I was a First Radio/RADAR operator assigned to a US Navy Squadron (VP.94), operating in the South Atlantic Ocean. We were assigned the job of Anti-Submarine patrol protecting our convoys en-route to north Africa with equipment and supplies for the fight there against the German army. My assigned aircraft was part of a 25 aircraft squadron operating over most of the east coast of south America but mostly off the coast of Brazil, out to the middle of the Atlantic Ocean.
Our primary mission was to keep the Subs down off of surface operation, sinking operation was the secondary course. On the morning of a day in about the month of June 1943, we cleared the runway out of Forteleza, Brazil heading to our 16 to 18 hour mission. About 50 miles out past the coastline we caught sight of a Brazilian Sailboat called a Jangada. It was heading west and left a distinctive line in the water.
The Pilot of our airplane lined up on that trail mark. In about 20 minutes on that line we spotted a Submarine. It was obvious that the Jangada had carried drums of fuel to a rendezvous and provided fuel for the Sub.
We were operating at about 6000 ft. at the base of clouds so that we were not seen by the crew of the Sub immediately. Also these type airplanes are painted purposely to blend in with cloud cover. We were not able to attack immediately because we were equipped with depth charge bombs not contact bombs. We had 4 bombs, 2 under each wing. We also had 1 30 caliber machine gun and 2 50 caliber machine guns.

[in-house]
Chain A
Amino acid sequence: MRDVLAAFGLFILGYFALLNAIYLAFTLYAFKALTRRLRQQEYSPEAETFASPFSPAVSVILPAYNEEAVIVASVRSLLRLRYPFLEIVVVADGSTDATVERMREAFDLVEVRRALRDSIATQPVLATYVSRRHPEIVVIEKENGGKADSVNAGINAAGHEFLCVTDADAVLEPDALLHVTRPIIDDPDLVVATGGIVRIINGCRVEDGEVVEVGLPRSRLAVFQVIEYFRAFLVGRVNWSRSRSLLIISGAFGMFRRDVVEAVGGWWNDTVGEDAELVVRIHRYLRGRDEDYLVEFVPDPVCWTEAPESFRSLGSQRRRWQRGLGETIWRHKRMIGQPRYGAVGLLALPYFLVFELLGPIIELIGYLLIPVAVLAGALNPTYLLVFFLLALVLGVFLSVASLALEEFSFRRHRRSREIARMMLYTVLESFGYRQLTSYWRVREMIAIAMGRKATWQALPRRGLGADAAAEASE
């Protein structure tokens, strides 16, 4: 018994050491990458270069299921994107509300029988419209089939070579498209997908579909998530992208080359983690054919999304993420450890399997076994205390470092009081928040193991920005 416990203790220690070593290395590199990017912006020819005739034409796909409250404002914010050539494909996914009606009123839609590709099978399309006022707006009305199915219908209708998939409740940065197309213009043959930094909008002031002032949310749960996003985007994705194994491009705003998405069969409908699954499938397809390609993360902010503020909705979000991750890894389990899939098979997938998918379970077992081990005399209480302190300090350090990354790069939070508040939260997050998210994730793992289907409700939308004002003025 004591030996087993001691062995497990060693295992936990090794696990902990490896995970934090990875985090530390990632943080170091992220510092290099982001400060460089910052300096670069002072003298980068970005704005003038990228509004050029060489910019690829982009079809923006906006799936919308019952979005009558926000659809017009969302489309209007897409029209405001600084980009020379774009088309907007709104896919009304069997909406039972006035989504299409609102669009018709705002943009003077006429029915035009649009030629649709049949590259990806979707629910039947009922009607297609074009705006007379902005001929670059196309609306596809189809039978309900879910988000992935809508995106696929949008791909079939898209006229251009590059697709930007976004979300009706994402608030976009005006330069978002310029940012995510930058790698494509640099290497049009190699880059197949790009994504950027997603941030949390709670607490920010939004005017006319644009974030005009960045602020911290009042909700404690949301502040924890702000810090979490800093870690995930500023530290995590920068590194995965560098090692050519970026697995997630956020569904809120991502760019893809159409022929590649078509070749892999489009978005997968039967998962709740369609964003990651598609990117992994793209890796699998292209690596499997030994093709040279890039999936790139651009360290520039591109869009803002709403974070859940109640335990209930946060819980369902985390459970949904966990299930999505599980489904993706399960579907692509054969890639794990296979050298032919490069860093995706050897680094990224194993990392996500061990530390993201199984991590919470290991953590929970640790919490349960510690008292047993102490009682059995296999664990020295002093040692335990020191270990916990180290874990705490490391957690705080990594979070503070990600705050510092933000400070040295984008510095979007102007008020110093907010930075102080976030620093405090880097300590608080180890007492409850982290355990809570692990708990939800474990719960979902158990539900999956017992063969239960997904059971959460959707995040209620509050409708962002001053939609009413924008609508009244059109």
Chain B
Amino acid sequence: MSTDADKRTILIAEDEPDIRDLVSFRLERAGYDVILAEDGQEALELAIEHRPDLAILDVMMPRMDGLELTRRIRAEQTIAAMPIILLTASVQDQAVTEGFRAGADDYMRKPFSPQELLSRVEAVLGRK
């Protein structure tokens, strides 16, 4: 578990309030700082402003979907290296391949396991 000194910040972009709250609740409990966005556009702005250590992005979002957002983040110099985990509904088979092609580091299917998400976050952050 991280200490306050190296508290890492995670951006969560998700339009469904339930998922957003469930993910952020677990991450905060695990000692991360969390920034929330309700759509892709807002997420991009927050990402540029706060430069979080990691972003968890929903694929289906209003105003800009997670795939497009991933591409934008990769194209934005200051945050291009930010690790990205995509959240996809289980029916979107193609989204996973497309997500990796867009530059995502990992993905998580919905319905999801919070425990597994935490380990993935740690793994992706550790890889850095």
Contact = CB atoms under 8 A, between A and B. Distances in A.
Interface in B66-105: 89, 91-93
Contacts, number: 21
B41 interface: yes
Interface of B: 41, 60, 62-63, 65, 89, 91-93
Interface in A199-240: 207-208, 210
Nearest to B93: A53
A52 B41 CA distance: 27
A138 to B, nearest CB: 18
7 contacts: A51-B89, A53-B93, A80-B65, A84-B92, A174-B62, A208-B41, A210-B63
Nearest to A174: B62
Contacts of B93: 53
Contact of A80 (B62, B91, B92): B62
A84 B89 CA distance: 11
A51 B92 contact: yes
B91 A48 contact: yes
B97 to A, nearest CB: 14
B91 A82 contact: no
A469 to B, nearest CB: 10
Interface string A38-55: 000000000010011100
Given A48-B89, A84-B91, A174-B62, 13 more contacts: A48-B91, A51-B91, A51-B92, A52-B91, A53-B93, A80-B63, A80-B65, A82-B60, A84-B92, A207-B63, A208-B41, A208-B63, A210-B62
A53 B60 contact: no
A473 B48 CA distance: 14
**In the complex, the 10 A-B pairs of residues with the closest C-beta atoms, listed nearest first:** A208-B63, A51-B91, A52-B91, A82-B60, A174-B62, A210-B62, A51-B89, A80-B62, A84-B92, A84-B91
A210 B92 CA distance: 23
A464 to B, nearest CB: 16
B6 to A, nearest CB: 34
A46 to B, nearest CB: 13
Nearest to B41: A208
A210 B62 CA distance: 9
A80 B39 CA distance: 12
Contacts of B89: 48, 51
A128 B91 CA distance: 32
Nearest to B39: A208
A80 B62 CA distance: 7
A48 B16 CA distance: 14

We had as a crew practiced this scenario several times so what had to be done, we executed. First action was to strafe the Sub to force it down.
The first pass, because we caught him by surprise, he returned fire. On the second pass he had prepared to dive, which he started as we came in on the strafing run. He went under, turning to port as we could clearly see. The pilot made a quick turn to the starboard, circled and came in over the Sub. We could see the Sub outline. Our bombs were released over the sub in the preset pattern —- first, —- left outboard, second — right outboard, third —- left inboard, last—-right inboard.
We circled the area to confirm. Some debris was spotted. My job was to clear radio operations, notify base and direct support aircraft into the area. 2 other aircraft arrived and the area was surveilled for a couple of hours. A review of the incident was held with supporting intelligence and the conclusion was the Sub was sunk.